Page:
A career of her own design

view the write-up in the Providence Journal

by GAIL CIAMPA

Interior designer Libby Slader had a huge 2011 by any professional measure. She left the comfort of a 10-year career with long-established, well-known Morris Nathanson Design to go out on her own, starting Libby Slader Interior Design.

Right out of the starting gate she landed two high-profile Downcity Providence restaurant jobs on Westminster Street.

First she redesigned Tazza from its humble coffee shop beginnings and transformed it into an upscale restaurant with an eye-catching bar. Then she started from scratch creating the new Sura, an Asian restaurant, out of what was a furniture store. And she did it on a budget, with strategies that included polishing the worn floor to a high gloss industrial look instead of replacing it, and using acoustic panels to add an intimacy to the high-ceiled room.

Libby Slader at work
THE PROVIDENCE JOURNAL / JOHN FREIDAH

Then there was her third job: designing the interior work spaces for 38 Studios, Curt Schilling’s video-game company. Her experience working for Sony Studios in California in the late ’90s helped her get the job. It required her to create spaces open enough for employees to choreograph scenes before they would be animated and become part of a game.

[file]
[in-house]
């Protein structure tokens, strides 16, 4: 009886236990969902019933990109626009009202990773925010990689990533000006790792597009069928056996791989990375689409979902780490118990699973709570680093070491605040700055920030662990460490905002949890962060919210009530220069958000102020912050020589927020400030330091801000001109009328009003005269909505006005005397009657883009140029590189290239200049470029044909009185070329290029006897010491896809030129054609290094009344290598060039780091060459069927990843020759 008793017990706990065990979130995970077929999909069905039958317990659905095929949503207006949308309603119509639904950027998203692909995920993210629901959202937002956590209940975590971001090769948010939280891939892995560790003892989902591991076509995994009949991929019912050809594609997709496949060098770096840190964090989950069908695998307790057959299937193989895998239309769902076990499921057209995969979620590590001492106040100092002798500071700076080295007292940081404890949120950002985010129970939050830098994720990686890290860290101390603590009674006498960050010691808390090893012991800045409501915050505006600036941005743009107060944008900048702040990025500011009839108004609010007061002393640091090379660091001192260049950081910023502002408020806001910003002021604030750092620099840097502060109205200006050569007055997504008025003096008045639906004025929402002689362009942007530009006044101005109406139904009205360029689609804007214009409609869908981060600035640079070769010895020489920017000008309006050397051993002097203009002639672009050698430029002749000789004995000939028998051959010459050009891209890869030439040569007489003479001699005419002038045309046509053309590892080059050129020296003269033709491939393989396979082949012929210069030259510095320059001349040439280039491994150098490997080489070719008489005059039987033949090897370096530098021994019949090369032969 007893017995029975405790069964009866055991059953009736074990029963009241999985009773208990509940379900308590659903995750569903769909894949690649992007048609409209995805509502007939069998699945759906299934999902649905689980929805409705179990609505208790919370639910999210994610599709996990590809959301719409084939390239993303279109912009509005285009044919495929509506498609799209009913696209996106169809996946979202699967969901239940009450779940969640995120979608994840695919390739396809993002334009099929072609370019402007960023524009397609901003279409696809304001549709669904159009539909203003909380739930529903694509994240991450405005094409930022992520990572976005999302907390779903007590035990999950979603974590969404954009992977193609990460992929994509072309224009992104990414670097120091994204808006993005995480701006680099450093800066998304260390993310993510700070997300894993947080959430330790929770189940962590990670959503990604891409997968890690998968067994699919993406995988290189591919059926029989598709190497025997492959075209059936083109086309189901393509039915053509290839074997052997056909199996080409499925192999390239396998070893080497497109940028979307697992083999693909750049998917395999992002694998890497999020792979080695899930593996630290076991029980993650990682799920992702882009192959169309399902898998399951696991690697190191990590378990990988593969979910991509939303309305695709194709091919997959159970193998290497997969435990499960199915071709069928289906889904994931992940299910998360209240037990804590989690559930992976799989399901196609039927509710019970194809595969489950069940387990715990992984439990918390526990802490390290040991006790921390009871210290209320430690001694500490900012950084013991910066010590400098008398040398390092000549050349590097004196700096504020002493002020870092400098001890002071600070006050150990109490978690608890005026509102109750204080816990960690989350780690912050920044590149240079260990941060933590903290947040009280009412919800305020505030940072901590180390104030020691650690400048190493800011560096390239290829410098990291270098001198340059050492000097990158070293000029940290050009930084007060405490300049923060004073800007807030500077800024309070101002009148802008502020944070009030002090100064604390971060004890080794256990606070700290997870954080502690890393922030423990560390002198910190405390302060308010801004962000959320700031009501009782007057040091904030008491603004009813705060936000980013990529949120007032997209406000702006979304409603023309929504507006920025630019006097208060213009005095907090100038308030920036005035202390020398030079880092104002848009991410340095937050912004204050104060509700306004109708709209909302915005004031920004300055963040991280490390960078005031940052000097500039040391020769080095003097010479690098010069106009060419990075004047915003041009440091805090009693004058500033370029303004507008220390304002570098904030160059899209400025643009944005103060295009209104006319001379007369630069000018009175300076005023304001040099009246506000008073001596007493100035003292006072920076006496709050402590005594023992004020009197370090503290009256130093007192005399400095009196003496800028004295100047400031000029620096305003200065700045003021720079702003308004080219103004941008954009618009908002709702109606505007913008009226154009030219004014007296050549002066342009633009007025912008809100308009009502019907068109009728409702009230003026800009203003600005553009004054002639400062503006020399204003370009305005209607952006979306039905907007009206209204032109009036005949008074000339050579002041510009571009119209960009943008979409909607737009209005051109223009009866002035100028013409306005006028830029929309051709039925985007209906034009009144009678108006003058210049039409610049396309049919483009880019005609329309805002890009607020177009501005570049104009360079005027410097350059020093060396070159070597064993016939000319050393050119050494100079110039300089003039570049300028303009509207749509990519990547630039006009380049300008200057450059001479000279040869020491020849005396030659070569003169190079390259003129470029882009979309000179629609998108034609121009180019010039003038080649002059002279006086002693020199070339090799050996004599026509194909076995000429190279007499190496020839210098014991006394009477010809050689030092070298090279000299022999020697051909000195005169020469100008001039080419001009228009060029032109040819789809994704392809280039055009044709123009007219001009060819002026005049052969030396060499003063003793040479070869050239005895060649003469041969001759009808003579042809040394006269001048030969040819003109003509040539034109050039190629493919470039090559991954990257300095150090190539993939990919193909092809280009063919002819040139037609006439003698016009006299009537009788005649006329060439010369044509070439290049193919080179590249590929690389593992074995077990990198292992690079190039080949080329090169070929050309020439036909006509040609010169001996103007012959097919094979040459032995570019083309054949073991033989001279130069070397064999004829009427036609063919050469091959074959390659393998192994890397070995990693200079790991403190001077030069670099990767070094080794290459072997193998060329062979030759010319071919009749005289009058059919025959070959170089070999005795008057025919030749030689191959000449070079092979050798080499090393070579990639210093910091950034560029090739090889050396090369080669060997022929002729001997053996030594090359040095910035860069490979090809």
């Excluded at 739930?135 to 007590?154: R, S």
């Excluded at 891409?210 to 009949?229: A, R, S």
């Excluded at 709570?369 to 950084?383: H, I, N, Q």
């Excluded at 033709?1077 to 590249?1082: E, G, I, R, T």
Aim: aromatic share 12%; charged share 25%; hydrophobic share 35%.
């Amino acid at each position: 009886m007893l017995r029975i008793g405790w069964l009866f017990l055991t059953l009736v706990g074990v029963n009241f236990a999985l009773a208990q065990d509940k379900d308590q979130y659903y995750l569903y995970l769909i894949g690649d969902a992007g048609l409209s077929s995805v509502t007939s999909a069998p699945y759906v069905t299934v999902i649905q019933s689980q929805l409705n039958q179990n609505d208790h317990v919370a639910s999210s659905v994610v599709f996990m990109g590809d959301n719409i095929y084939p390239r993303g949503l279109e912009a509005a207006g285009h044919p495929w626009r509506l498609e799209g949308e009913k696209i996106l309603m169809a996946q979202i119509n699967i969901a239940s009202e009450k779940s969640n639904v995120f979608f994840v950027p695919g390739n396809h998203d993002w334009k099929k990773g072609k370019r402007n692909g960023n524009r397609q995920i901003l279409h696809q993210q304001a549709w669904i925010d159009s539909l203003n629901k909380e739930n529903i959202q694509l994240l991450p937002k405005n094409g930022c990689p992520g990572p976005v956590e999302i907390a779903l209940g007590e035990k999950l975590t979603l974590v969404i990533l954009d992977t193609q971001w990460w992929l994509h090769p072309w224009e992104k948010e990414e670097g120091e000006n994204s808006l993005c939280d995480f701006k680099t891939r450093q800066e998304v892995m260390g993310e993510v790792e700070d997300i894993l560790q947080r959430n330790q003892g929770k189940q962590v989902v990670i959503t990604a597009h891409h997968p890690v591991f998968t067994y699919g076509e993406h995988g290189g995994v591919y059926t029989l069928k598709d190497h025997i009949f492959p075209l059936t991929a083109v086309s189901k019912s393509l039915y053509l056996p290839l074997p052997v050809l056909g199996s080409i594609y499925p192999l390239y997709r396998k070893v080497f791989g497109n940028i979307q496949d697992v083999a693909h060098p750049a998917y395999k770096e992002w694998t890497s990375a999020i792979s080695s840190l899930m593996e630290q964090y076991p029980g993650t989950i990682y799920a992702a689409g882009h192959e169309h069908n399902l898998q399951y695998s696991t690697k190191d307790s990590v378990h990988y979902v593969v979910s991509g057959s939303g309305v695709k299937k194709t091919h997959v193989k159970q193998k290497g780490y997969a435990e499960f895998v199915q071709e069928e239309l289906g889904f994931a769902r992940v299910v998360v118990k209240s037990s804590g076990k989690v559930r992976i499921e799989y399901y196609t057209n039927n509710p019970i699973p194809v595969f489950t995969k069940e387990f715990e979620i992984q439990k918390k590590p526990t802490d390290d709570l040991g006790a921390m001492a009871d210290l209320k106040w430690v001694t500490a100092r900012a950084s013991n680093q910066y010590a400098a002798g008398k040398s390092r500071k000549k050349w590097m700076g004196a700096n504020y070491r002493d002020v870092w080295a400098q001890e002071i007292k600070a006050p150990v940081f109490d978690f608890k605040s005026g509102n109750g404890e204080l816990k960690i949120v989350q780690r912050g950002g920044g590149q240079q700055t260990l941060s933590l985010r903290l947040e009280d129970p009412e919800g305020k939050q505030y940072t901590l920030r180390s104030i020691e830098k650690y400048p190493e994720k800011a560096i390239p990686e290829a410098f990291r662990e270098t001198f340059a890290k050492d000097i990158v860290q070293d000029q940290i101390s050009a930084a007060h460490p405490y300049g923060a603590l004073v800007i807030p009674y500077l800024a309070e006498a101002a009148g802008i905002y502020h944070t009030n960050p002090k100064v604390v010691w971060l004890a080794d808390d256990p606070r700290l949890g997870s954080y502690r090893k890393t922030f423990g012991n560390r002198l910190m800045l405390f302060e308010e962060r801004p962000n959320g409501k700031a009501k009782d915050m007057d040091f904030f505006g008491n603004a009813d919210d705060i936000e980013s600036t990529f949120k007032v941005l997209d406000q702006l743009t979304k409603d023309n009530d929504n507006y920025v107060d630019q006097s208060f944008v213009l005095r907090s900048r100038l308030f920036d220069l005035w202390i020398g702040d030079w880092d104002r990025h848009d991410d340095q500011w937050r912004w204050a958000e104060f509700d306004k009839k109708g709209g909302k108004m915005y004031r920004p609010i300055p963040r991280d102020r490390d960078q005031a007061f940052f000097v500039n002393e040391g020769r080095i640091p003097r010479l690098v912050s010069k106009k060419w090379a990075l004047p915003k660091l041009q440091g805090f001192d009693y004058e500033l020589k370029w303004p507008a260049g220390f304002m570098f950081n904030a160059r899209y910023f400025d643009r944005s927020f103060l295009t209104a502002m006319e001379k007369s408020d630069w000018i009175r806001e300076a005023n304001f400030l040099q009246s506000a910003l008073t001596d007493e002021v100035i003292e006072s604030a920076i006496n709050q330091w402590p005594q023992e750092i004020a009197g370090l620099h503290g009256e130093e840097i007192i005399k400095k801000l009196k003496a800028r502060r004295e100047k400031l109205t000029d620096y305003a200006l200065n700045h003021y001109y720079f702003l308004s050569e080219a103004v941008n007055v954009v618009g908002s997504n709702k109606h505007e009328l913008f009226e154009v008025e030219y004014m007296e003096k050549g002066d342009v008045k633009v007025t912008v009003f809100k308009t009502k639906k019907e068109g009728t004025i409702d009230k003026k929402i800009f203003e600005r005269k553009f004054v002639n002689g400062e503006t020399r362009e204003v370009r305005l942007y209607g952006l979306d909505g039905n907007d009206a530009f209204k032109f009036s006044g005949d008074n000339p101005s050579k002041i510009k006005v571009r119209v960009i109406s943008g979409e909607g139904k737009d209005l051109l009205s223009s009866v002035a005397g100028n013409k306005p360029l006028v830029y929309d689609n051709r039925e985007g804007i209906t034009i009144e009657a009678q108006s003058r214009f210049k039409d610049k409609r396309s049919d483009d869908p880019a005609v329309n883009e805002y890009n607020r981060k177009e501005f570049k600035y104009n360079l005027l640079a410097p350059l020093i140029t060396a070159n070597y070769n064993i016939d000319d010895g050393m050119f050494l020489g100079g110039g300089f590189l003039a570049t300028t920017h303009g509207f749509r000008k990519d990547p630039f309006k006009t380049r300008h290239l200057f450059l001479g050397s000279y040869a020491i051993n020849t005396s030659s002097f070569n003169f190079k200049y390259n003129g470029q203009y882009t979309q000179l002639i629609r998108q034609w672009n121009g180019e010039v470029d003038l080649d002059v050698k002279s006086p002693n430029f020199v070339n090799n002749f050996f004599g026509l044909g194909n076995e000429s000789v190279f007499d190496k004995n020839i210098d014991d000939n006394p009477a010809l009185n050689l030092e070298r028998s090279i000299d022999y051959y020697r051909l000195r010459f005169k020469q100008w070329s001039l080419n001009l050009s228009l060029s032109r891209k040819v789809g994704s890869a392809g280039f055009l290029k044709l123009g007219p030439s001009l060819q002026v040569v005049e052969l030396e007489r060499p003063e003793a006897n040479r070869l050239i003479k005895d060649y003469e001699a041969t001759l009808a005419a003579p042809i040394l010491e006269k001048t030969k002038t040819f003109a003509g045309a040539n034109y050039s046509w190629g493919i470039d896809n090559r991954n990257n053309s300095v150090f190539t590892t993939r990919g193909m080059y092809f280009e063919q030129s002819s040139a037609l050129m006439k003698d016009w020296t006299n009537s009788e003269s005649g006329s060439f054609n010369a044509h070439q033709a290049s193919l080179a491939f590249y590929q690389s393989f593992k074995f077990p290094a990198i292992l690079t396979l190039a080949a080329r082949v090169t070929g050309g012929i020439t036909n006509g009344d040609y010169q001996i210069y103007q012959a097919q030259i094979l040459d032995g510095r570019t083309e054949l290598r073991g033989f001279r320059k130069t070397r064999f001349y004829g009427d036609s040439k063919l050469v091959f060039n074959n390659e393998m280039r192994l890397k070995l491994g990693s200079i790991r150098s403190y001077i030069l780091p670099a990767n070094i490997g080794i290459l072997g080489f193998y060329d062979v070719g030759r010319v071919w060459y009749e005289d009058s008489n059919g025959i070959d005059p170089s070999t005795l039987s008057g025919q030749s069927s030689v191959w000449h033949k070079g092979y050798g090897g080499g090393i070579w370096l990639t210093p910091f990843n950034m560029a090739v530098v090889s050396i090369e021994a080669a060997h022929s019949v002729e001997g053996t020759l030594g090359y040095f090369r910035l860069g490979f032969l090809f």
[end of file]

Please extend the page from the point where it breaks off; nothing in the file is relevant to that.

“I understood how the spaces had to be, which is to say unconventional,” she said.

A graduate of Syracuse University and a resident of Edgewood, Slader is a professional member of the American Society of Interior Designers (ASID). Her company is based in Pawtucket.

Now 2012 is looming just as large for Slader.

This winter she’s working on a coal-fired pizzeria on Westminster Street.

But her biggest challenge is to design a new dining room on the first floor at George’s of Galilee. While the top-floor dining room operates as usual, she is creating a new patio space for the seafood spot that has been a landmark in the fishing port since 1948. As a native of Rhode Island and one who worked at another iconic clam shack (Aunt Carrie’s), she understands the mindset of the diner.

“George’s is such a part of people’s experience,” she said. “They’d come here every summer as a family. They don’t want to see things change too much,” she said.

Neither does the Durfee family, owner of George’s, she added. So she promises a comfortable new dining room but one with many nostalgic touches.

“Everything will be very respectful of the place and the people,” she said.

Designer Libby Slader started her own firm and landed two high-profile Downcity restaurant jobs. She also worked on the interior for 38 Studios, Curt Schilling’s video-game company.